Published on Friday, September 7, 2001 by the Associated Press
Colombian President: War On Drugs is Not Working
by Andrew Selsky
BOGOTA, Colombia - President Andres Pastrana, one of
Washington's closest allies in the global war on drugs, called
Thursday for a review of that struggle, saying it has produced few
``The conclusions are not good,'' Pastrana said in a rare talk with foreign journalists ahead of next week's visit by Secretary of State Colin Powell. ``The conclusions are that drugs are still the first- or second-biggest business of mankind.''
``Clearly, we must also make an evaluation - and not only of the policies of fumigation and interdiction,'' Pastrana said.
He described a global narcotics industry worth $500 billion and said drug lords are seeking out new markets in Europe and the former Soviet Union.
Drug use is on the rise in the United States, Pastrana said. However, the White House says the overall number of drug users has dropped, but that heroin use is rising and more Americans aged 18-25 are using drugs.
Washington suspended helping Colombia and Peru track down drug-smuggling flights - using U.S. radar and surveillance planes - after the accidental shootdown of a U.S. missionary plane over the Peruvian Amazon in April.
Pastrana said the suspension ``has allowed a lot of drugs to pass over our territory because there is no control of our air space.''
He urged a resumption, saying: ``I think we can truly hit the heart of the business through interdiction, and not simply through fumigation.''
The fumigation of drug plants by U.S.-provided crop-dusters is the linchpin of Washington's $1.3 billion counternarcotics policy in Colombia. The spraying has been criticized amid allegations it endangers health and the environment, and that it hurts peasant farmers who grow coca to eke out a living.
The president gave no indication that he would backtrack on the spraying during his last year in office, but said he wanted to focus on large-scale coca plantations.
The rebel Revolutionary Armed Forces of Colombia, or FARC, and their enemies, the right-wing paramilitary United Self-Defense Forces of Colombia, earn huge profits by guarding and taxing the coca and poppy plantations that provide much of the world's cocaine, and most of the heroin used in the United States.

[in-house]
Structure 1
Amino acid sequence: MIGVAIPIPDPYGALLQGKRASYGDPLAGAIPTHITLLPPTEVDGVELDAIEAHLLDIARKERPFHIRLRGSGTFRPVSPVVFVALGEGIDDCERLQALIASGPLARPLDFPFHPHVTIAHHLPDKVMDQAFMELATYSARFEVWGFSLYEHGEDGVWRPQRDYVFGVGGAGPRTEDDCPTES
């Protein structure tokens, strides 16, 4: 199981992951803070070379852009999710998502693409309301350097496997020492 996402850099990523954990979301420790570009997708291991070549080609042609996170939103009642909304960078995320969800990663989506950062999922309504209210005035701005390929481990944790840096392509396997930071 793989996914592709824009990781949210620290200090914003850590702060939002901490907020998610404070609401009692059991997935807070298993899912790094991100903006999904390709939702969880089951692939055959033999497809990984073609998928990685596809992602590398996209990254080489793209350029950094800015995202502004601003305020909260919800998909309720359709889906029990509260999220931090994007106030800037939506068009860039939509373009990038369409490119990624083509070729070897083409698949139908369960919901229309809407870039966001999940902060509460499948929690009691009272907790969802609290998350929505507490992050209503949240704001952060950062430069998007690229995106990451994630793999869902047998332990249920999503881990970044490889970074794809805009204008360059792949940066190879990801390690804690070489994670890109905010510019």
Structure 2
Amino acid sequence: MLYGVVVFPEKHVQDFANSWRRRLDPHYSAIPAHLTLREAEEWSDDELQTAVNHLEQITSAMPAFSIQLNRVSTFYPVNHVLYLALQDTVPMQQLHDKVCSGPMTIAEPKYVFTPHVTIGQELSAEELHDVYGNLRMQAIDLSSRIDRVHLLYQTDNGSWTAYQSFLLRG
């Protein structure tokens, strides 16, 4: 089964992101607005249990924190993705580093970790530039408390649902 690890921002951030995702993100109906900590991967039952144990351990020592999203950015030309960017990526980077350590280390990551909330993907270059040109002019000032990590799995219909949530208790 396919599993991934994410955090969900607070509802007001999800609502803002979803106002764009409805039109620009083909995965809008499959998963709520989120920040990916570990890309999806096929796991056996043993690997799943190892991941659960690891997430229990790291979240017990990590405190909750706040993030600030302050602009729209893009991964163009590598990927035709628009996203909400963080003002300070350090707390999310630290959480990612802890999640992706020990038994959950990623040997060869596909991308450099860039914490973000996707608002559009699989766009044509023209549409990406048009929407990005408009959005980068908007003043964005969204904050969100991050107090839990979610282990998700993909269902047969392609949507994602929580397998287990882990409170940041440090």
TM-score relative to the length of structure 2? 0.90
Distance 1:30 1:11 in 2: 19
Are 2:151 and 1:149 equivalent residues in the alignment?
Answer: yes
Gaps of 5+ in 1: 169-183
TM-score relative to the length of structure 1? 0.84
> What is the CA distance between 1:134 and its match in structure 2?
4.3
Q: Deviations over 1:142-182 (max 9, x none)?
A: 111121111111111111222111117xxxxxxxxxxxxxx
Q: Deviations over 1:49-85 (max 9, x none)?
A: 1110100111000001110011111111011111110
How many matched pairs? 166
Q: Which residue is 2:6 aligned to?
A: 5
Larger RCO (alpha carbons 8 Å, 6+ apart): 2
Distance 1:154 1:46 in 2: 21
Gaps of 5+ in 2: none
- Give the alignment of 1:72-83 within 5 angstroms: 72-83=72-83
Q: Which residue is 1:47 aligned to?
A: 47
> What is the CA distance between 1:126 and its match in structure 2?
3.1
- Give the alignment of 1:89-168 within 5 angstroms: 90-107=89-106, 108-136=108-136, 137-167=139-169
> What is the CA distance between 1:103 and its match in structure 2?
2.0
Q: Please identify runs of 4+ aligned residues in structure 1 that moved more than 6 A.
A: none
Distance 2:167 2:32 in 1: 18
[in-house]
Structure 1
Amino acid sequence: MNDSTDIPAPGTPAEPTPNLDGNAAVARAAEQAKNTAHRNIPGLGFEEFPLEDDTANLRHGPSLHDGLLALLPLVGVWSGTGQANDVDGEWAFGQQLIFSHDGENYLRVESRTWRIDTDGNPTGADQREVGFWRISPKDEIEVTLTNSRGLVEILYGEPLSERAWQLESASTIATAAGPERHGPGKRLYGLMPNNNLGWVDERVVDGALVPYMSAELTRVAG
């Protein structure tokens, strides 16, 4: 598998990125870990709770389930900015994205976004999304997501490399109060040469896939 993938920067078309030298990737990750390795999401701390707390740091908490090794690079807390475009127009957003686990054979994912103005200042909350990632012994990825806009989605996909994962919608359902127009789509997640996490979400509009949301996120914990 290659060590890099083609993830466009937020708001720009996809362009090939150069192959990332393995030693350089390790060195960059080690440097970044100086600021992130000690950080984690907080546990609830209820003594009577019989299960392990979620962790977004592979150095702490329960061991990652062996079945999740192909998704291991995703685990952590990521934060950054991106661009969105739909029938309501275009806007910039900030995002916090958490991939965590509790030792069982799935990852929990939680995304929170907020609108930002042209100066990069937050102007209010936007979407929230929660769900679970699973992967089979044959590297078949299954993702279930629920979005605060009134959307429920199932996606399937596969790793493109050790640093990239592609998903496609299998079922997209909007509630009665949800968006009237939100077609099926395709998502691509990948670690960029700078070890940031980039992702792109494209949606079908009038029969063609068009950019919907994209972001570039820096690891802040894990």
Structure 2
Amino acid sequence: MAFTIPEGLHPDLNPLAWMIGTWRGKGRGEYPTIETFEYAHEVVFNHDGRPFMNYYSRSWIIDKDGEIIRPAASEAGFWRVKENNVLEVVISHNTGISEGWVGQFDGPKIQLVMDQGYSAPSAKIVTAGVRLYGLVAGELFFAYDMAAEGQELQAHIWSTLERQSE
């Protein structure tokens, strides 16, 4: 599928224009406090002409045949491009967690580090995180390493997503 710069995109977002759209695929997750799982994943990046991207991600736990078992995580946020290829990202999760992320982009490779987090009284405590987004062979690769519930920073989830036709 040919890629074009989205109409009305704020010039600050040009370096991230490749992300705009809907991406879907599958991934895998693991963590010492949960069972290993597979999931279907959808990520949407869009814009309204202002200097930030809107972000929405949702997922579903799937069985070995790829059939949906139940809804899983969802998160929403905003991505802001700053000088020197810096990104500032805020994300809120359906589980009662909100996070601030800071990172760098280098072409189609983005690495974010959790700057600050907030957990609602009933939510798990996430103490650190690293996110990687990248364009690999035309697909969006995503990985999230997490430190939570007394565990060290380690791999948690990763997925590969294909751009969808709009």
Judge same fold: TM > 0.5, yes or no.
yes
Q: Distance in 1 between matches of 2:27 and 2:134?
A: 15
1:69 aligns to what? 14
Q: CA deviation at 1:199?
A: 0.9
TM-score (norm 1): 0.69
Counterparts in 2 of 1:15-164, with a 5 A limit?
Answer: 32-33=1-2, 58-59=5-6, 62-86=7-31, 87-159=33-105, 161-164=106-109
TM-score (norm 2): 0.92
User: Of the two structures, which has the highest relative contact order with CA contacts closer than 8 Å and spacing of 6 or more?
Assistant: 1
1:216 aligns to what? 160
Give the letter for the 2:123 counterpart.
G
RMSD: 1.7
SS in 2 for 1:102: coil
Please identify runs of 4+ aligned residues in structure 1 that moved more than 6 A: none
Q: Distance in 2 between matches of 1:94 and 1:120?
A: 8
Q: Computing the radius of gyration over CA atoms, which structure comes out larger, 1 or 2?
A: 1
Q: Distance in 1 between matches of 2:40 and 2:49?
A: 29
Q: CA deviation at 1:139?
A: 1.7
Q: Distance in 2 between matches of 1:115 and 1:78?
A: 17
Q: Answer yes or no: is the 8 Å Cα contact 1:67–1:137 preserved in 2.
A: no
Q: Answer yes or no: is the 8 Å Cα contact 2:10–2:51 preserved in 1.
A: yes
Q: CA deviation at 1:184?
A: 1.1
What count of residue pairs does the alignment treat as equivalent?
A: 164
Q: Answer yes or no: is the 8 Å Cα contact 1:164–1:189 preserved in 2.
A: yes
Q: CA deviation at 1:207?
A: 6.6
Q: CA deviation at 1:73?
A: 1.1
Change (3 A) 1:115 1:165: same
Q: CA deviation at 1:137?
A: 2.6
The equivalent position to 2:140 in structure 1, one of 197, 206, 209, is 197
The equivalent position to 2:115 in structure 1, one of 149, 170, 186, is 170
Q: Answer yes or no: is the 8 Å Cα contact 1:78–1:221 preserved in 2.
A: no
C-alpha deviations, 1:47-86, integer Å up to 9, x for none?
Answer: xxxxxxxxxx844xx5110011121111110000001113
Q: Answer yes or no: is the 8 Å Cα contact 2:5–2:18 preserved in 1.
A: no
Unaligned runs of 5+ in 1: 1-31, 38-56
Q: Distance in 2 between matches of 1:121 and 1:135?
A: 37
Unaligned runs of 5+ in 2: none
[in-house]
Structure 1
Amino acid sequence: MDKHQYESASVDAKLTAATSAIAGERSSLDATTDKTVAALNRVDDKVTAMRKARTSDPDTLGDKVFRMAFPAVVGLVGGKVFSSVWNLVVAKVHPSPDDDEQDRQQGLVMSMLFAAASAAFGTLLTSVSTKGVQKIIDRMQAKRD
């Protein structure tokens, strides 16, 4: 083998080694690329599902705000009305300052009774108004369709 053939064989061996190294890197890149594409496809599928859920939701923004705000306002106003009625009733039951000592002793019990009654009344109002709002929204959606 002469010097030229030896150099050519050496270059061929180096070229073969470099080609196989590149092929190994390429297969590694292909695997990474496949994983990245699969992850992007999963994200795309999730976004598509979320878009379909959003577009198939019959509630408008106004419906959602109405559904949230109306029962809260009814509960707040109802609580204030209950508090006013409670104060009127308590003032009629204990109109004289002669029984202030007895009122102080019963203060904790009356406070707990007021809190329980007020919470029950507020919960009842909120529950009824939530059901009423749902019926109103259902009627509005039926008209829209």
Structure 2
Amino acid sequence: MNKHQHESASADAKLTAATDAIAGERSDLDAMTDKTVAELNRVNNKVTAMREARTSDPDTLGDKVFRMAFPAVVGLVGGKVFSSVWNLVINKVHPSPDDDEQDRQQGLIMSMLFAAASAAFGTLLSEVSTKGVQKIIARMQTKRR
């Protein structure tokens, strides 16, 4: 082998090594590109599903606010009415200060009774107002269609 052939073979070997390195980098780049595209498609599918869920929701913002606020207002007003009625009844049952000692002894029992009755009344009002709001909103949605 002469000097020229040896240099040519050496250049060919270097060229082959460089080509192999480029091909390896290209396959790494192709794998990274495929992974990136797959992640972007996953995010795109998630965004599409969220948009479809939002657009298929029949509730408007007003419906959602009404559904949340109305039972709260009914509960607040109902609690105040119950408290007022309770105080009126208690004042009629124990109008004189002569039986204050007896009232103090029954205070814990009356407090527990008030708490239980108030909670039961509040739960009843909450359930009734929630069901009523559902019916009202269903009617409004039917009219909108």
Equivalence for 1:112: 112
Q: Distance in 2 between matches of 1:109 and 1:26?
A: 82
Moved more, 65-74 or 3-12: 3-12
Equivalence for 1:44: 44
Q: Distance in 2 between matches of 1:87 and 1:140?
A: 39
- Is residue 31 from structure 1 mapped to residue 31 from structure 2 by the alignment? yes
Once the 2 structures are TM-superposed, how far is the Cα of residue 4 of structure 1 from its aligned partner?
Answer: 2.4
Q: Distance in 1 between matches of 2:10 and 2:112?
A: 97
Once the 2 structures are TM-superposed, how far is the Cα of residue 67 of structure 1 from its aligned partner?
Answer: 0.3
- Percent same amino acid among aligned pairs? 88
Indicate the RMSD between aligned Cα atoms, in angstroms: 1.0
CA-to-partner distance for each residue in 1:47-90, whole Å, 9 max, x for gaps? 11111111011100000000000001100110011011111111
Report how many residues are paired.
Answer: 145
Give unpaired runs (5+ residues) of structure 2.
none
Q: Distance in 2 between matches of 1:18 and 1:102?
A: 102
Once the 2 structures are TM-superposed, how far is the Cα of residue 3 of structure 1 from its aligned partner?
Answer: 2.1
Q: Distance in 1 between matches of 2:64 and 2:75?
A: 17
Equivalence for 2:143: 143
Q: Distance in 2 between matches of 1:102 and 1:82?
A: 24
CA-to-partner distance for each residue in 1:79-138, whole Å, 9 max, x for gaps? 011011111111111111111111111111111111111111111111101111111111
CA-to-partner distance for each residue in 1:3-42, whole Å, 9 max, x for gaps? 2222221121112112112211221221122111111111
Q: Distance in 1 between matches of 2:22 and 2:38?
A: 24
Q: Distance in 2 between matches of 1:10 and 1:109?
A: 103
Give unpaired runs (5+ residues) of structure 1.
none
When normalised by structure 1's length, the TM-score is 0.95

The millions of dollars in drug revenue has allowed the FARC and the paramilitaries to expand their forces and better arm themselves.
Pastrana said the U.S. and Europe should stem the laundering of drug money and control the export of chemicals used in Colombia to process cocaine.
Despite the glacially slow pace of peace talks begun with the FARC three years ago, Pastrana said he would leave office satisfied.
``I tell you, Andres Pastrana was elected for one purpose: to try, by all legal and constitutional means, to consolidate a peace process,'' he told reporters. ``And for the first time, we today are sitting at the table even with all the difficulties.''
Pastrana said he has not decided yet whether to renew rebel control over a huge southern safe haven he granted the FARC three years ago. The safe zone, which the FARC allegedly is using to stash kidnap victims and stage military attacks, expires next month.
``The government has given everything. We hope the FARC reciprocates,'' Pastrana said.
Pastrana said he plans to discuss trade issues with Powell during his visit to Bogota on Tuesday and Wednesday. Colombia wants a renewal and broadening of the U.S. Andean Trade Preference Act, which expires in December, Pastrana said.
The ATPA aims to develop legal alternatives to drug production in Bolivia, Colombia, Ecuador and Peru by giving duty-free status to the Andean region's exports, such as flowers, minerals, coffee and bananas.
Colombia wants to add textiles, food oils and other products.
``We've said to the Americans: don't give us dollars. We don't want money,'' Pastrana said. ``Give us trade. Give us the chance to compete.''
Copyright © 2001 The Associated Press